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October 20, 2016

Student Documentaries: Nonfiction Comes to Life!

By Alycia Zimmerman
Grades 1–2, 3–5, 6–8

    Helping my students create whole class or small group documentaries has been one of my favorite teaching experiences. My students develop confidence, stronger voices, and a slew of technology, writing, and project management skills as they work together to create documentaries about topics that spark their curiosity.

    Before you write this off as too complicated, too time-consuming, or too far outside your curriculum, let me assure you that documentaries can be made from start to finish in a few class periods. Tech-wise you only need a video recording device (a tablet works!), and a computer or tablet with some basic video editing tools. And documentary making addresses many of the ELA writing standards. Interested in giving documentaries a try with your class? Read on for classroom tested tips and a sneak peek at my students’ documentaries.

     

    What Is a Documentary?

    For classroom use, I presented a working definition for documentaries as “nonfiction movies.” My third graders are familiar with the differences between fiction and nonfiction books, so nonfiction movies makes sense within their schema.

    While most of my students hadn’t watched documentary movies, they have watched “nonfiction TV” like animal shows on Animal Planet, how things are made shows on Discovery, etc. I build off of these experiences to explain the role of documentaries to teach people or to convince people of a particular point of view about a real issue.

    This one-minute BBC Fresh video clip shares four documentarians' definitions. Here is my curated YouTube playlist of videos about documentaries or documentaries to use for teaching.

    I also use the delightful biography Manfish: A Story of Jacques Cousteau by Jennifer Berne to introduce my students to an important figure in the history of documentary making. My students are always fascinated by old footage from Cousteau (available online), and it connects with the animal shows they are familiar with today. Cousteau is also a useful example to introduce the idea of social (environmental) conscious-building films.

     

    Get Inspired! Samples of Student Documentaries

    My students' favorite documentary-making experiences are when they get to go out into the world and conduct “man on the street” interviews to learn about public opinion. This is relatively easy in New York City, where we can stand on the sidewalks (or train stations) near our school and find plenty of willing subjects to interview.

    Interviewing for a documentary Interviewing in the subway station

    Both of these whole-class documentaries focused on public interviews. For both projects, small teams of students worked together to create parts of the documentary, and then student directors combined the separate parts to make a cohesive movie.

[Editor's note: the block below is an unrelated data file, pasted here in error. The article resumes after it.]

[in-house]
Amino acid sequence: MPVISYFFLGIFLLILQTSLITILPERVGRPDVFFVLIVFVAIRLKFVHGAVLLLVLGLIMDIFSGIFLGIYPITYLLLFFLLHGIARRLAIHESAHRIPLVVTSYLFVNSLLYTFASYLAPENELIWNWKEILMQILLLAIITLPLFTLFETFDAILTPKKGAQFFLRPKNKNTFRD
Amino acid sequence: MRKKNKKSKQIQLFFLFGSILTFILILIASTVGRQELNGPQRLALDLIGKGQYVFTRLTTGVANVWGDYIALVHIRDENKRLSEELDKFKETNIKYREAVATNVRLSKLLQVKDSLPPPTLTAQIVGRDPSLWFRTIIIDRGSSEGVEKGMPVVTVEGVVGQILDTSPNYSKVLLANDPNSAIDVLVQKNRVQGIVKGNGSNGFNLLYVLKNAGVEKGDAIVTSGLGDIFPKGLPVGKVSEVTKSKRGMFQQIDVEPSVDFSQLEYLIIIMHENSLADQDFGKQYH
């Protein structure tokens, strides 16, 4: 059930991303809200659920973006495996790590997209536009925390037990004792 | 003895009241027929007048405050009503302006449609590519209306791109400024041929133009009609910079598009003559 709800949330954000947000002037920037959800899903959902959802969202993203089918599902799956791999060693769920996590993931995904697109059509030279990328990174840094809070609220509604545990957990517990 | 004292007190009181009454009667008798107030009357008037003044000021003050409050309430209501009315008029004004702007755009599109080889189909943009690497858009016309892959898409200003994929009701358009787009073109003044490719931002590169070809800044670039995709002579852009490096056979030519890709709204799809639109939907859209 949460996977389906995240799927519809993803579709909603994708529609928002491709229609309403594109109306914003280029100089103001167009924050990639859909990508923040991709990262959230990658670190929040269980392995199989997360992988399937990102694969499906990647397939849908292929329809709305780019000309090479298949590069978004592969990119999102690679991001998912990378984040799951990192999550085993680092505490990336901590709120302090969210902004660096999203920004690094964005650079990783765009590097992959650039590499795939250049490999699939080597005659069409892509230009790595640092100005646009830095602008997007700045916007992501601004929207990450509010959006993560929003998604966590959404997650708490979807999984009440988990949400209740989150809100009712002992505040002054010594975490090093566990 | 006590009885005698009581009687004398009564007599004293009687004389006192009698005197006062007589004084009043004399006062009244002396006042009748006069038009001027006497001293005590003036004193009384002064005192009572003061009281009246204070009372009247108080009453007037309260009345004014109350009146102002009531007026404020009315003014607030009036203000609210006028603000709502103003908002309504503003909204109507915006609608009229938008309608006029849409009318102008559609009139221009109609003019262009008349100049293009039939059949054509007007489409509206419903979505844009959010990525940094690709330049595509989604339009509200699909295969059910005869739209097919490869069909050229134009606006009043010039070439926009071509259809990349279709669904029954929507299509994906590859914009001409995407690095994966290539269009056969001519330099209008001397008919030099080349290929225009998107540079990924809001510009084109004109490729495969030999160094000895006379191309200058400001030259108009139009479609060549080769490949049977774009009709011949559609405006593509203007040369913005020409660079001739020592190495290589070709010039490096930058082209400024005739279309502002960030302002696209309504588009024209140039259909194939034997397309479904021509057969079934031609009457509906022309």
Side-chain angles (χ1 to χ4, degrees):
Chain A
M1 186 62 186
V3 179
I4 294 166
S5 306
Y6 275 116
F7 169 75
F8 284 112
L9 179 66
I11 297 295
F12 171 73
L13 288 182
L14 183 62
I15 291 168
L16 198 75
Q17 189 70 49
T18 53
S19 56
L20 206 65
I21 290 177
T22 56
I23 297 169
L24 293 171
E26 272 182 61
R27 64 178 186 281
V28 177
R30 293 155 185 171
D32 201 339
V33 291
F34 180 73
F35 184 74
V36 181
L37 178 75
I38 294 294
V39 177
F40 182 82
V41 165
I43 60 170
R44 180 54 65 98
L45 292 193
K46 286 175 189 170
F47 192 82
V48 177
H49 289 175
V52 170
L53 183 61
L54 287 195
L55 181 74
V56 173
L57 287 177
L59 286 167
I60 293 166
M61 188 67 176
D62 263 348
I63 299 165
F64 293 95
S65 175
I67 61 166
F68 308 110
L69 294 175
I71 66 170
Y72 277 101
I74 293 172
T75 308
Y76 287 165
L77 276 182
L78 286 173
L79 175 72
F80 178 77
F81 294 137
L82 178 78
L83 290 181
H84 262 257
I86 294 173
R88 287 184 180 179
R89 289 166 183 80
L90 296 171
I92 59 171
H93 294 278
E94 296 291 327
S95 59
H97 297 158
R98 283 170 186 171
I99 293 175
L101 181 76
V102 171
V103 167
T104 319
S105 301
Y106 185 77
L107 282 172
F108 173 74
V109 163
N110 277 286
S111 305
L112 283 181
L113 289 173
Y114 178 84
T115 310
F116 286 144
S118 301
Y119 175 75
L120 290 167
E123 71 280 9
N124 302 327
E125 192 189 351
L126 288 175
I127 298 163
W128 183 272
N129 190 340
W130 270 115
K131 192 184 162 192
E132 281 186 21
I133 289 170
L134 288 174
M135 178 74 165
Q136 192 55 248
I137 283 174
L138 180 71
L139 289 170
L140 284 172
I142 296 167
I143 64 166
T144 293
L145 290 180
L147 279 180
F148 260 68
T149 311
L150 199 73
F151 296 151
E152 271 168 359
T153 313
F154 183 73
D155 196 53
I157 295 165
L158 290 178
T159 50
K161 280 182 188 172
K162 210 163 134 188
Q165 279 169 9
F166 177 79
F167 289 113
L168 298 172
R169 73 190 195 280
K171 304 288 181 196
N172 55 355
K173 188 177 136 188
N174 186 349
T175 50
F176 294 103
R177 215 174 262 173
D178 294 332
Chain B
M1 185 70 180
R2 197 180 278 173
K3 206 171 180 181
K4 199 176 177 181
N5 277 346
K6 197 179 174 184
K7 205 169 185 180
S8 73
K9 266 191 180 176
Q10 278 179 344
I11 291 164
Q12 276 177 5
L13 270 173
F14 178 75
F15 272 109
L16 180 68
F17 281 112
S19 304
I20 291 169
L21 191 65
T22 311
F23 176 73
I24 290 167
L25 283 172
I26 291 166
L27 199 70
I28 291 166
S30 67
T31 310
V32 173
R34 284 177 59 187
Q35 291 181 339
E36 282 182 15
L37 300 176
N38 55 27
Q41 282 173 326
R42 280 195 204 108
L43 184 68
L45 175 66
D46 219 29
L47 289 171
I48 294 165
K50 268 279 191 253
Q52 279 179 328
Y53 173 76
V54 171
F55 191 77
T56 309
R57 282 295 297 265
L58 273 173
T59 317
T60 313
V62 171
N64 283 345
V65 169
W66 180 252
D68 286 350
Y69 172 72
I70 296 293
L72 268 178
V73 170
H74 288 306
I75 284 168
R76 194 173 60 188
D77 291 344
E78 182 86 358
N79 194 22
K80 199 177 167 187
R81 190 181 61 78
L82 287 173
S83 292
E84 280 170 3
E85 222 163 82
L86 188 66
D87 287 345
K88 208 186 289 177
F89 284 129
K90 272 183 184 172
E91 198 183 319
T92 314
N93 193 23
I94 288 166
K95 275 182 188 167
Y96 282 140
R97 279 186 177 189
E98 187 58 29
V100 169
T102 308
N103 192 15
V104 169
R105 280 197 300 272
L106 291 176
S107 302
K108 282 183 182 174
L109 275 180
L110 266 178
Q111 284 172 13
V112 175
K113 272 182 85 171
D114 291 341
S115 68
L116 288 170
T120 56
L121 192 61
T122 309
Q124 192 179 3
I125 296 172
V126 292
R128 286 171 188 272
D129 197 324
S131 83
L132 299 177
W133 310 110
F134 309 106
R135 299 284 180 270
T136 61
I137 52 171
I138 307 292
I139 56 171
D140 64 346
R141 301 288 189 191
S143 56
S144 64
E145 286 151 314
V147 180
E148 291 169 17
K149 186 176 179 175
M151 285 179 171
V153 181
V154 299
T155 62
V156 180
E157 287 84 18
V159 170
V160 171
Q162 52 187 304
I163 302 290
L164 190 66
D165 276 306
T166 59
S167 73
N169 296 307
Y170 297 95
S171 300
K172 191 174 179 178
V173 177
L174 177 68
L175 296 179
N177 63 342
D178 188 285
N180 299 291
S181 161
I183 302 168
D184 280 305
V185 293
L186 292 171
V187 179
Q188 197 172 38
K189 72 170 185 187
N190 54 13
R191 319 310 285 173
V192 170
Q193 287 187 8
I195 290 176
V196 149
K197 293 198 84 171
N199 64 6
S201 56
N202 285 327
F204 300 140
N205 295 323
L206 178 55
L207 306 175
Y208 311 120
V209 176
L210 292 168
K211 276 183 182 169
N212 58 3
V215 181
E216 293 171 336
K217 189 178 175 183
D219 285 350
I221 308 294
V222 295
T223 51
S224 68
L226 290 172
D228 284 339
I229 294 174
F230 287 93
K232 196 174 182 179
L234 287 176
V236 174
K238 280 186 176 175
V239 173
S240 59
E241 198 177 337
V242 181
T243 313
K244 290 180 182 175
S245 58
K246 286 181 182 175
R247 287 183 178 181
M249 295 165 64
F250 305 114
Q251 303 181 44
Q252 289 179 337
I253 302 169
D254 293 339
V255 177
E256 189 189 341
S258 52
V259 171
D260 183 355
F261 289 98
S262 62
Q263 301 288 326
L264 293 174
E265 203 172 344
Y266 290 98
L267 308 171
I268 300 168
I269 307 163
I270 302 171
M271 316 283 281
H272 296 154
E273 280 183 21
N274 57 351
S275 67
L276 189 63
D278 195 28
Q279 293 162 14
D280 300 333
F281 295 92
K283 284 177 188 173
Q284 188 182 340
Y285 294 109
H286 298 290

Student Documentary: Underground Interviews – A Documentary about Tom Otterness’s Public Art in the 14th Street Subway Station

    For this project, my students wanted to know how the general public feels about the small quirky sculptures scattered throughout the subway station at 14th Street. Do people notice the art? Do they have an opinion? Do they have favorite sculptures? Does the public art affect them personally?

    You can watch my students’ documentary, Underground Interviews, here or by clicking on the image below. (The video will open in a new window.) This documentary was filmed on iPads and was edited by teams of students (the interview teams) using iMovie on the iPad.

    Student Documentary: Is Reading Going Extinct? The Real Reading Lives of Real New Yorkers

    For this project, my students were alarmed and skeptical about statistics that show that people are reading less now than in the past. They were determined to prove that reading is alive and well in our city, and they set out to find evidence to support their thesis. This documentary was an end-of-year project, and we had guidance from a parent-mentor (a real-life documentarian!) to help my students storyboard their video chapters and craft a story arc for their movie.

    You can watch my students’ documentary, Is Reading Going Extinct? here, or by clicking on the image below. (The video will open in a new window.) This documentary was filmed on iPads and digital cameras and edited by a small team of “tech expert” students with the help of a parent mentor using Final Cut Pro on a Mac.

     

    Tips for Whole Class Student Documentaries

    • We storyboard our documentary on chart paper during a whole class planning meeting, and divide the work up into teams. We use a similar process as when outlining an essay: brainstorming a main idea, thesis statement, and supporting topics.

    • When students are conducting “man-on-the-street” interviews, I always assign an adult chaperone to each group of students. Students know that the chaperone makes the ultimate decision about which strangers to approach, and I brief chaperones on how to balance letting the students take the lead in their public interviews while moderating as needed.